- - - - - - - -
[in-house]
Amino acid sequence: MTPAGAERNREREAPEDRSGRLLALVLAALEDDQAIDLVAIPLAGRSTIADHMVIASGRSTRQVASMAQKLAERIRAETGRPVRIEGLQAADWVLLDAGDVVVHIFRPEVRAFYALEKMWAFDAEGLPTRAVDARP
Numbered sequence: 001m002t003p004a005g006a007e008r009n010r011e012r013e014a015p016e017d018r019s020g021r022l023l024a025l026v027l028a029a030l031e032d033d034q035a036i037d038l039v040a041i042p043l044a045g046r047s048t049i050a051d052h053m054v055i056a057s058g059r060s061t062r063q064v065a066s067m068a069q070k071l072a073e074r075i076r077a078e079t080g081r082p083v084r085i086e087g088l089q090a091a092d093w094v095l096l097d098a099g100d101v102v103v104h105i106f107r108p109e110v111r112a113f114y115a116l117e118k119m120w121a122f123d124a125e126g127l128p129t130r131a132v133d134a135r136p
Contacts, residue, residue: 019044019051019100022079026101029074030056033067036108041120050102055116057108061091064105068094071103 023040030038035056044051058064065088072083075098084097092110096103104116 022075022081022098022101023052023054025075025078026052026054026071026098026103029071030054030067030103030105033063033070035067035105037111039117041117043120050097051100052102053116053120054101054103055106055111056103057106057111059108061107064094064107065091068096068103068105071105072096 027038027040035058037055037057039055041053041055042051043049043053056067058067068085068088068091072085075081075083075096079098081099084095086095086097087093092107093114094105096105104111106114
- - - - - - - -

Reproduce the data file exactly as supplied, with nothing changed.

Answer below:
[in-house]
Amino acid sequence: MTPAGAERNREREAPEDRSGRLLALVLAALEDDQAIDLVAIPLAGRSTIADHMVIASGRSTRQVASMAQKLAERIRAETGRPVRIEGLQAADWVLLDAGDVVVHIFRPEVRAFYALEKMWAFDAEGLPTRAVDARP
Numbered sequence: 001m002t003p004a005g006a007e008r009n010r011e012r013e014a015p016e017d018r019s020g021r022l023l024a025l026v027l028a029a030l031e032d033d034q035a036i037d038l039v040a041i042p043l044a045g046r047s048t049i050a051d052h053m054v055i056a057s058g059r060s061t062r063q064v065a066s067m068a069q070k071l072a073e074r075i076r077a078e079t080g081r082p083v084r085i086e087g088l089q090a091a092d093w094v095l096l097d098a099g100d101v102v103v104h105i106f107r108p109e110v111r112a113f114y115a116l117e118k119m120w121a122f123d124a125e126g127l128p129t130r131a132v133d134a135r136p
Contacts, residue, residue: 019044019051019100022079026101029074030056033067036108041120050102055116057108061091064105068094071103 023040030038035056044051058064065088072083075098084097092110096103104116 022075022081022098022101023052023054025075025078026052026054026071026098026103029071030054030067030103030105033063033070035067035105037111039117041117043120050097051100052102053116053120054101054103055106055111056103057106057111059108061107064094064107065091068096068103068105071105072096 027038027040035058037055037057039055041053041055042051043049043053056067058067068085068088068091072085075081075083075096079098081099084095086095086097087093092107093114094105096105104111106114